Share the space: Girl talk with international students
Video by Olivia Tock
March is Women’s History Month, a time to encourage women and educate others about the important strides women have made throughout our world’s “her”story. But often, certain women and topics do not receive the same safe space as others.
On a college campus like SEMO, organizations host events to celebrate International Women’s Day and Women’s History Month. Many international female students’ voices are often dominated by domestic conversations. That is why Assistant Director of International Student Services Brooke DeArman created a safe and open platform for her diverse students to express their own experiences with womanhood.
“They bring a very different perspective on a lot of different topics,” DeArman said. “They have different backgrounds, different histories, different cultures and everything. So when it comes to a university campus, anything that they can bring in, especially to our students who did not have that exposure — maybe they are from the smaller towns — it is great for them to get out there and be heard.”
DeArman, who is from Kennett, Mo., did not have experience with international students until she attended SEMO. After making international friends in the music department, she said she realized how “simple-minded” she was.
Both domestic students and international students benefit from sharing perspectives. Many of the countries represented at SEMO’s International Village have restrictions placed on certain information — even important health information—like in Saudi Arabia or China. In some of their home countries, international women on campus do not have the same access to information as an American student, so coming to the United States can be a shock; many of the women have been unable, or unsure, of how to get the help they need.
“The inability to [have access to] information that they don’t have, especially internet-wise, so many countries … they just physically can’t Google a certain term,” DeArman said. “If they needed to Google a breast self-exam, they can’t, because ‘breast’ is restricted, and they can’t search it.”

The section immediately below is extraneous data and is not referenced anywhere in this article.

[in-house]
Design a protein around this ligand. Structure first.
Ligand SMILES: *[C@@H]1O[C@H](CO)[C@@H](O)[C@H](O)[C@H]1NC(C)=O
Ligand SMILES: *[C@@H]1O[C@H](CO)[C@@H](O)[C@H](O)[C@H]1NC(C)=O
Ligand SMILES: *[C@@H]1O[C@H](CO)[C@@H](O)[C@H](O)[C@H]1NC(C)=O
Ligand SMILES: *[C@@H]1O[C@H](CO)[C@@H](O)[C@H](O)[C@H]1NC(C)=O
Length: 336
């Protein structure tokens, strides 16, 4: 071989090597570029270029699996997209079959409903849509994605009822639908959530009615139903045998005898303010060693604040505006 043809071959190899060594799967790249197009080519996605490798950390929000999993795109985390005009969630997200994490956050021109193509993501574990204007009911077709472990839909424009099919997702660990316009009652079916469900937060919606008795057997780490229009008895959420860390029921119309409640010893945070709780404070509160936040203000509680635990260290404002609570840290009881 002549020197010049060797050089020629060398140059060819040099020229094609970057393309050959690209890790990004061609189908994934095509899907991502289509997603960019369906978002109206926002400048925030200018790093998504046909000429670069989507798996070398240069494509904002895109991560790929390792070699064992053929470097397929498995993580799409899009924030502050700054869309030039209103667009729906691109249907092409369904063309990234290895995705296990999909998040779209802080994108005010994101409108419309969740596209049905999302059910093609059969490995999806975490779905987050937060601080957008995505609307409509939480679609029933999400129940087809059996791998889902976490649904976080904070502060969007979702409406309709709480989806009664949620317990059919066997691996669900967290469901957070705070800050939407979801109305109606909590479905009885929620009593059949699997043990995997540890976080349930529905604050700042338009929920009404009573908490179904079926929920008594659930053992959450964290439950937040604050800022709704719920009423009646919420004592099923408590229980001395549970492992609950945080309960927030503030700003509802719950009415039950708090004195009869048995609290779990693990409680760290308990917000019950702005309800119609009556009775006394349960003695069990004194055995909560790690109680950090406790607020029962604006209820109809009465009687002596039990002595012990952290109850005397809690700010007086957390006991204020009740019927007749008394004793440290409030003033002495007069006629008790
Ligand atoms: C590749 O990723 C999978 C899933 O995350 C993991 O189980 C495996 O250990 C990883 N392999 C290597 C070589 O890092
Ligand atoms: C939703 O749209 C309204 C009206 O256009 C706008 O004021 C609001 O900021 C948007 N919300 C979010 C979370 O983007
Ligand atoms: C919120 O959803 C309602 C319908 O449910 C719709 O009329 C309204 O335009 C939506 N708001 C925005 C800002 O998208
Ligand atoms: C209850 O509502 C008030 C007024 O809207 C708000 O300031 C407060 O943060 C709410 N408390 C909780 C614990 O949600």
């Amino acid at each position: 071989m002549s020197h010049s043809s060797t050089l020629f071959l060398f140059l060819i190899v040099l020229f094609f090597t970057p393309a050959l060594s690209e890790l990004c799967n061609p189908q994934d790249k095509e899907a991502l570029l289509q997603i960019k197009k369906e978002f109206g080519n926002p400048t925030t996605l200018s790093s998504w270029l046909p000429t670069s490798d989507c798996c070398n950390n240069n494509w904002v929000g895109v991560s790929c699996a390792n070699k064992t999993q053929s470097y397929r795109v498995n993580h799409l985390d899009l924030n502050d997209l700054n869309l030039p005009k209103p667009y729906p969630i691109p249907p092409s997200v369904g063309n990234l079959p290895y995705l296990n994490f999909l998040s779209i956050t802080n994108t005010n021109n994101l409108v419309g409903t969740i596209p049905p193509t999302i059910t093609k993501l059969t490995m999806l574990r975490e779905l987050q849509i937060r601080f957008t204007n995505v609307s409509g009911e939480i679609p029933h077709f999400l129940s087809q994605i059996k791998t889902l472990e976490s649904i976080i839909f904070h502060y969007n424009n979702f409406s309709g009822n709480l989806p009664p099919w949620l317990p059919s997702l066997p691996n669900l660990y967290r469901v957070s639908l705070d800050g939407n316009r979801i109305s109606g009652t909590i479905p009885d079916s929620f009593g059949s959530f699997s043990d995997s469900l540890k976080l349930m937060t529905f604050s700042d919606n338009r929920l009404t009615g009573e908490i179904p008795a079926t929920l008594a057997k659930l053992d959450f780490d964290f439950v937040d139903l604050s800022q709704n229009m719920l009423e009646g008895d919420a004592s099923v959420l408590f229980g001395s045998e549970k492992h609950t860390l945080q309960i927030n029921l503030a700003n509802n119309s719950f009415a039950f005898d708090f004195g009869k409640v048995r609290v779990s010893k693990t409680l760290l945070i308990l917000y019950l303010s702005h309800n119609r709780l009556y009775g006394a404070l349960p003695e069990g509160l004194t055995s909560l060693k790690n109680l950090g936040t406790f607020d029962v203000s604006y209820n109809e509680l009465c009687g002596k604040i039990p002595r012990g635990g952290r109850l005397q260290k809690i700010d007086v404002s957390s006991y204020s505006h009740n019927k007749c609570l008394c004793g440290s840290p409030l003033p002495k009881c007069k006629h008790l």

Despite the freedom of information in the United States, female domestic students may know a lot about health-related subjects, but may not have the courage to talk about or seek help for their needs. Female health is still taboo to some extent, even in America. Periods, family planning, reproductive health, genitalia and sex are usually dicussed privately and without the guidance of medical professionals.
DeArman said when she was a college student, she had her own female issues she dealt with, but she “didn't have the guts” to learn more about it.
“If I had found out certain things about my own self when I was in college, my quality of life would be much better today,” DeArman said. “So, that is why I have gotten to the point where I’m like, people need to learn these things early on. They need to feel empowered and confident to go to a doctor and ask these questions. … They're not weird.”
Because of her own experiences with lack of information and confidence in her own womanhood, DeArman advocates for this particular group of students. She said it is important for her to ensure they have this awareness early on and don't wait until they are 35 years old to take care of their female health problems, like breast cancer or gynecological issues.
To help with this, DeArman hosted a private event at International Village on Mar. 8 for female international students to ask anonymous questions, have an empowering discussion and learn about women’s health from OB/GYN, Dr. Heather Cugini, who has been DeArman’s doctor for the past decade. DeArman said Dr. Cugini was the perfect speaker for this population, and that the students were super engaged during the nearly two-hour-long presentation.
Finance and entrepreneurship student Tanatswa Musunda is from Zimbabwe. Musunda said she is a “girls' girl” — she grew up in a house full of girls and went to an all-girls’ school — and it is important to have a community of women she can share her beliefs with. She shared her own perception of womanhood and why creating platforms to voice these experiences is important.
“Being an international student, being in a room where I’m listening to someone from India explain how they were taught sex ed, and I’m listening to someone from Kentucky, America, describe how their mom went about things,” Musunda said. “I want to understand other women better because, how do I empower someone I don’t know? I need to know my sister beside me for me to empower her.”
Business economics and health care administration student Sibonginkosi Mathe is also from Zimbabwe, and Mathe said she wanted to be in a space where she could be around women who want to be empowered just like she does. Mathe values education, especially regarding women’s health, and wants everyone to join the conversation.
“I felt like I needed to be informed about my body, and take charge of it, in order to educate even my future partner or children, or even friends and family, where they come from a culture just like mine where sex is not openly spoken about. This was the first step that needed to be taken in my life,” Mathe said. “And as someone who is going to be taking health care administration, I wanted to feel like I’m going to these spaces where I can meet people of similar mindsets, so I can be educated, as well as ask questions about the career field I am about to enter into.”
Musunda, Mathe and others said they think it would be beneficial to invite domestic students, both women and men, into conversations like these. Everyone is affected by women’s health in some way — what better way to celebrate Women’s History Month?
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